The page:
A new documentary on children’s games

by Bernie DeKoven on January 25, 2010

A recent article in the Contra Costa Times reports on a new documentary that was featured featured at the Alameda Film Festival last weekend. The documentary is the work of Dutch school teacher/film maker Jules Oosterwegel, who spent 15-year documenting children’s street games from around the world. The entire project reportedly shows of over 300 children’s games, including “Vietnamese variations of blind man’s buff, a Bolivian stone-tossing game much like jacks without the ball, and a Dutch clapping game familiar to youngsters the world over.”

Osterwegel explains about his project: “You try to find out the real idea of why children play and how they play, and every place it’s different. You have a lot of games that are universal, but the way children from the northern countries play is very different from children in tropical countries.”

There should be much more about this project on the Internet, but I could only find a disappointingly few references to what seems to be, according to my particular passions, a very significant contribution to global fun. Hopefully, I’ll have more to report on it soon.

Here, from the article, are descriptions of some of the games in the documentary:

From Vietnam:

Cuop Co

Needed: Four or more players, a red scarf and a piece of chalk with which to draw a circle in the center of the playground.

How to play: The object is to snag the red scarf from the circle without getting tagged. At a signal, the first pair of kids dashes in and tries to fake each other out, lunging and feinting until someone can grab the scarf and sprint back to their team without being tagged. Every few minutes another pair joins them, until someone successfully grabs the scarf and gets away.

From the Netherlands:

Muurball

Needed: Four or more players, a bouncy ball and a wall.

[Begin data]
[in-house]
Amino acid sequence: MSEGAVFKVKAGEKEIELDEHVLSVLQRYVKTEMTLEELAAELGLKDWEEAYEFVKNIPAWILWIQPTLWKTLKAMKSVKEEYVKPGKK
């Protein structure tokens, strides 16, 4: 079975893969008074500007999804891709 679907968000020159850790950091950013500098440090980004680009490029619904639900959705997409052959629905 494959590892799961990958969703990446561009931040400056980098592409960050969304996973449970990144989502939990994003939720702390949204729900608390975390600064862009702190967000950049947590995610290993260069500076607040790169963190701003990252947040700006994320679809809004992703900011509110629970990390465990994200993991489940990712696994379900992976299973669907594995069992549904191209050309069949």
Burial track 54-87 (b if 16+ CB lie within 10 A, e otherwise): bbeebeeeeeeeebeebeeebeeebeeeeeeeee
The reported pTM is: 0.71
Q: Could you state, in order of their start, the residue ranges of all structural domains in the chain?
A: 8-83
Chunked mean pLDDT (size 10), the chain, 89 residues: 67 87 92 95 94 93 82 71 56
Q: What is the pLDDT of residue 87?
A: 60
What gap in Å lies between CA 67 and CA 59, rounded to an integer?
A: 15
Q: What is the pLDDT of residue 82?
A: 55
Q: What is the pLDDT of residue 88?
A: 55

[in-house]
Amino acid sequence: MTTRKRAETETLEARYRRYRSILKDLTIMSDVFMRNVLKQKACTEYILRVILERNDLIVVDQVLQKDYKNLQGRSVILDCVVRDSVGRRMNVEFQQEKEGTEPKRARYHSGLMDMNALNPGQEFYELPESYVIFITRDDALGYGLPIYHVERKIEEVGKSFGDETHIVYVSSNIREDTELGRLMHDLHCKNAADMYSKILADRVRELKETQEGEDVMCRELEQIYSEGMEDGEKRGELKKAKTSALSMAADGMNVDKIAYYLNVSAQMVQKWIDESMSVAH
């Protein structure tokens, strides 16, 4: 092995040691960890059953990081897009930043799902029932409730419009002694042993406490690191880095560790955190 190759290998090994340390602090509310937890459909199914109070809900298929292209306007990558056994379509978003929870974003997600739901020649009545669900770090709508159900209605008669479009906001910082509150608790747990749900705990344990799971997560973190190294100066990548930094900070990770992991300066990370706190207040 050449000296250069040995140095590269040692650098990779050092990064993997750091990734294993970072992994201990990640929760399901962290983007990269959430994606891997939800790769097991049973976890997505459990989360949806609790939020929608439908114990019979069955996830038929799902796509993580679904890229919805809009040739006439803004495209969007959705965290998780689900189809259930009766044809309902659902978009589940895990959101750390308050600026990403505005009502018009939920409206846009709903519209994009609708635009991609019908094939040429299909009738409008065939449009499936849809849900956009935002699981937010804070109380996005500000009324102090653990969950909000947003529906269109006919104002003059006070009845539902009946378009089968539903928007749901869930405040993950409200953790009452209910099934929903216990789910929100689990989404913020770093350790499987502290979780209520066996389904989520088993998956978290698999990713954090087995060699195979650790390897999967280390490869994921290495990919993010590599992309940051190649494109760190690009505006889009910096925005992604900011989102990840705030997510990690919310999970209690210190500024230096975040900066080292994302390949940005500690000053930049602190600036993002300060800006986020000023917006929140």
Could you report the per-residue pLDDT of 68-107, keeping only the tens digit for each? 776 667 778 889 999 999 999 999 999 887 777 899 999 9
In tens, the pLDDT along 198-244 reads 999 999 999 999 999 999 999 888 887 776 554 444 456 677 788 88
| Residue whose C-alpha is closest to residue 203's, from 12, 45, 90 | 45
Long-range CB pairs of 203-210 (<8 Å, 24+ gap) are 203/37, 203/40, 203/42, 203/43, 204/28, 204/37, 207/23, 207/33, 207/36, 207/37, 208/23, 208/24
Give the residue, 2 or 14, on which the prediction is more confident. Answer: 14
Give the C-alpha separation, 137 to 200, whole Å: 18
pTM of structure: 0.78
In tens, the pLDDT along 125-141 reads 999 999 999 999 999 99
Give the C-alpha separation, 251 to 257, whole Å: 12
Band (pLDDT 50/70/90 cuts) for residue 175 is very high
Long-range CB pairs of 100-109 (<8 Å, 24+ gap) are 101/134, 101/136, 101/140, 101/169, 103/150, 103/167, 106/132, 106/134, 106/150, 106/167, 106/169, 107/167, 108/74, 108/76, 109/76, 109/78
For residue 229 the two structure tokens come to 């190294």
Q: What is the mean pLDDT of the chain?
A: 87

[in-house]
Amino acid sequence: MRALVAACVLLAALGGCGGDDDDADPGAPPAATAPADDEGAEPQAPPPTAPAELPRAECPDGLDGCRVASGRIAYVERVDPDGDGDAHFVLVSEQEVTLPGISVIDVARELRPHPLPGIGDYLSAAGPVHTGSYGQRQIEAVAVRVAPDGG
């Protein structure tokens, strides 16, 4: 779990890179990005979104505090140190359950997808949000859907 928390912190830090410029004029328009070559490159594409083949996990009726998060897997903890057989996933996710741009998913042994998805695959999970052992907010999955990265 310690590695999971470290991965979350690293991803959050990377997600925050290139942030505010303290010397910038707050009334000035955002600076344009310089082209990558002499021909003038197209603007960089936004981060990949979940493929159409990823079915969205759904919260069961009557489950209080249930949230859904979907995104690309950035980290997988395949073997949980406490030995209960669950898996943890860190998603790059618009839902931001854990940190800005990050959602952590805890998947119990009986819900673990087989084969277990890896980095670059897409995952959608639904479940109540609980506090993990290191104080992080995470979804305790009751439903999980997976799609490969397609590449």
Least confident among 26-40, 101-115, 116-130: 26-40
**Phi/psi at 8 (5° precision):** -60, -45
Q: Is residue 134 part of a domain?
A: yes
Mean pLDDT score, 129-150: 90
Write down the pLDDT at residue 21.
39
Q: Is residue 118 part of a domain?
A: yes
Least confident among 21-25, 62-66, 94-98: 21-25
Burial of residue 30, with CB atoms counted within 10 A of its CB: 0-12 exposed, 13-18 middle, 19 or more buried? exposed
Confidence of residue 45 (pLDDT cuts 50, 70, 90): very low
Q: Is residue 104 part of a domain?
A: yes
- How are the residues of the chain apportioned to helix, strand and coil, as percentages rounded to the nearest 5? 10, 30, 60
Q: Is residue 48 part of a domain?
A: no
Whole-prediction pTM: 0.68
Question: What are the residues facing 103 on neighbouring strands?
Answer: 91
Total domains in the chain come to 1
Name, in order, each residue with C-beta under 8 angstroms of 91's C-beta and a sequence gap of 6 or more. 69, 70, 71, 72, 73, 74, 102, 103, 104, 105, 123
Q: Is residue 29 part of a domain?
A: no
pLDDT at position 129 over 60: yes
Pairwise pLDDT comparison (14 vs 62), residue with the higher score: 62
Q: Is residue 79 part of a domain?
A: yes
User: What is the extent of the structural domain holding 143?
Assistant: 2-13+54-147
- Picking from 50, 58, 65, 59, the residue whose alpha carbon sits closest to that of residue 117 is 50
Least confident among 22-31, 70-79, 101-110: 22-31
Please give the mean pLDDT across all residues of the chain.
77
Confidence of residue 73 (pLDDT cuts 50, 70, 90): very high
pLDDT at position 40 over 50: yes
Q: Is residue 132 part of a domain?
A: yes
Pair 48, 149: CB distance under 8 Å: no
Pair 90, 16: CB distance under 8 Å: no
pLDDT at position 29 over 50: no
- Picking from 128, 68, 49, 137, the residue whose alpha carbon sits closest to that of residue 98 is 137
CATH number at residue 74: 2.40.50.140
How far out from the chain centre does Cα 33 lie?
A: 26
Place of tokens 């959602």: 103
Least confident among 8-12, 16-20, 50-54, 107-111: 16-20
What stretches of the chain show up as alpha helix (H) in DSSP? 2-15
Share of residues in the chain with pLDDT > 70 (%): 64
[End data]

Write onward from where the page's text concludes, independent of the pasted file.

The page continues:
How to play: In this variation on wall ball, everyone lines up behind each other, with feet placed slightly apart. The child closest to the wall sends a low throw so the ball shoots straight back toward the players, who must jump over it. If the ball hits you, you’re out. If no one is hit, the second child in line moves to the front and starts the game again.

From Denmark

Tag Sat

Needed: Four players, an open field.
How to play: In this clever variation on tag, children play the role of target, tagger and bodyguards. The target and two bodyguards hold hands and spin around the field, as the tagger tries to capture his prey by running around them or reaching through their triangle.
From Zimbabwe:
Filling the Bottle
Needed: Two teams of three players, a soda bottle, a ball and a sandy play area.
How to play: The bottle is placed in the center of the play area and sand is heaped up around it to hold it steady. In this dodge ball-like game, one team races to fill the bottle with sand, while ducking and attempting to avoid — or catch –the ball that is thrown at them. If a bottle-filler is hit, he’s out, but if he catches it, he may throw it in any direction. The team wins a point each time the bottle is completely filled.

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